|Voice of the Fire
There are many pitfalls that face an artist who attempts to leave his or her chosen medium and work in another. This is particularly true when the artist is trying to struggle through the creation of a novel and make it out the other side in one piece. Almost universally, the first casualty is concrete detail. Actors, musicians, and comics writers can write good novels (just look at Steve Martin, Nick Cave, or Neil Gaiman) but their weakest point is that they tend to pay short shrift to the realm of the senses. The result is often like a film script or a lyric that has been padded out with expanded stage directions. Alan Moore has made it through these pitfalls and come out with a book, Voice of the Fire
, that is not just a real live novel, it's a novel as good and frequently better than anything he's ever done in comics.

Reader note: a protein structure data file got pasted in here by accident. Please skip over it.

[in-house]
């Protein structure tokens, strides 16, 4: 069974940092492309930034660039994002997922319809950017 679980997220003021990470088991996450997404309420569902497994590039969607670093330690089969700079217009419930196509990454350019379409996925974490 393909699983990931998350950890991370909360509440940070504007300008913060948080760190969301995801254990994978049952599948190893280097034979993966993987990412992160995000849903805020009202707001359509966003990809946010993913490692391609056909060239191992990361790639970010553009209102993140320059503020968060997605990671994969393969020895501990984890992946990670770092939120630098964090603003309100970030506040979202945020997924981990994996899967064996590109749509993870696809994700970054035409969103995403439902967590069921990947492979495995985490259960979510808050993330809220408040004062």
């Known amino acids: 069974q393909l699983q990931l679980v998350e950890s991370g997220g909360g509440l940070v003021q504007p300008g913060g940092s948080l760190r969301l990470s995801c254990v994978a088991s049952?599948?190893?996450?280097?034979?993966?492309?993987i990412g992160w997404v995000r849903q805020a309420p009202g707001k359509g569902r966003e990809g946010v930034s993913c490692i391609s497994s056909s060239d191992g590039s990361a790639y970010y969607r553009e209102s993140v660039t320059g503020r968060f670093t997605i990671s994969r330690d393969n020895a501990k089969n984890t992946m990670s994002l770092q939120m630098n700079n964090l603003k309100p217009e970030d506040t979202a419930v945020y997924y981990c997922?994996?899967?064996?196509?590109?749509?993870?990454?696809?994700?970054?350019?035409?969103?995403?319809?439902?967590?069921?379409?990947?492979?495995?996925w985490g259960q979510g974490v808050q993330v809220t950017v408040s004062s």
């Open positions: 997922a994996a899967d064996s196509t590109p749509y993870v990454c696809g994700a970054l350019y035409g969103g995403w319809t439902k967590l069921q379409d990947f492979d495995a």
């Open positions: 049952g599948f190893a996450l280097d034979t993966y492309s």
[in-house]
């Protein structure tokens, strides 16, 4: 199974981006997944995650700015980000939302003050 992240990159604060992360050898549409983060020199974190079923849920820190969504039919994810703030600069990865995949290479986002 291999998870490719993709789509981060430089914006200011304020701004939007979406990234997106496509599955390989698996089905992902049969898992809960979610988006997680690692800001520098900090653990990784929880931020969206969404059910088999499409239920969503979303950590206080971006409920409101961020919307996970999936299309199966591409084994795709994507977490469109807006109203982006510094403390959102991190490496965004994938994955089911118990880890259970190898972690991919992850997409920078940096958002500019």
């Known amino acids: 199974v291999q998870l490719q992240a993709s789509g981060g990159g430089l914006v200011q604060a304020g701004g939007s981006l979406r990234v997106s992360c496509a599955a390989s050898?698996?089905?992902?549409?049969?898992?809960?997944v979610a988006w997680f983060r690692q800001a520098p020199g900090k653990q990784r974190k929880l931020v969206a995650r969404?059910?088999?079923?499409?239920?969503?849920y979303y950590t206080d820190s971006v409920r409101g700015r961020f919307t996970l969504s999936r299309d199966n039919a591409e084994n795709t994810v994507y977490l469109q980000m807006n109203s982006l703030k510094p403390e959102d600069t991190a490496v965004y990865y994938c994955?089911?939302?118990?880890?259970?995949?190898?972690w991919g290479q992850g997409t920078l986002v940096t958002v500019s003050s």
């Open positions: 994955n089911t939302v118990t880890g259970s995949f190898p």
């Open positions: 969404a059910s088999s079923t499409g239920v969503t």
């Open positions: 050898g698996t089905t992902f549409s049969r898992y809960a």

The book is a collection of stories about the author's hometown of Northampton, England, each narrated by a different character living in a different period in the town's history. These glimpses into the lives of Northampton people begin in 4000 BCE, with a halfwit nomad boy expelled from his tribe, and continue through the ages with the tales of a Bronze Age murderess, a madman, a Roman auditor, a visionary nun, a war-battered Crusader, a spineless conspirator, a lecherous judge, an unrepentant witch, a delusional poet, a philandering nihilist, and finally, the master ventriloquist, Alan Moore himself. Perhaps the only thing these characters have in common is that they are extraordinary misfits, chafing against the confines of the world around them. Moore has chosen to tell Northampton's story through the eyes of its in-between people, those who become the scapegoats of history, invested with the sins that their neighbors won't acknowledge. The book is full of sacrifices — victims, martyrs, and madmen whose blood is offered up to the devouring spirit of the town.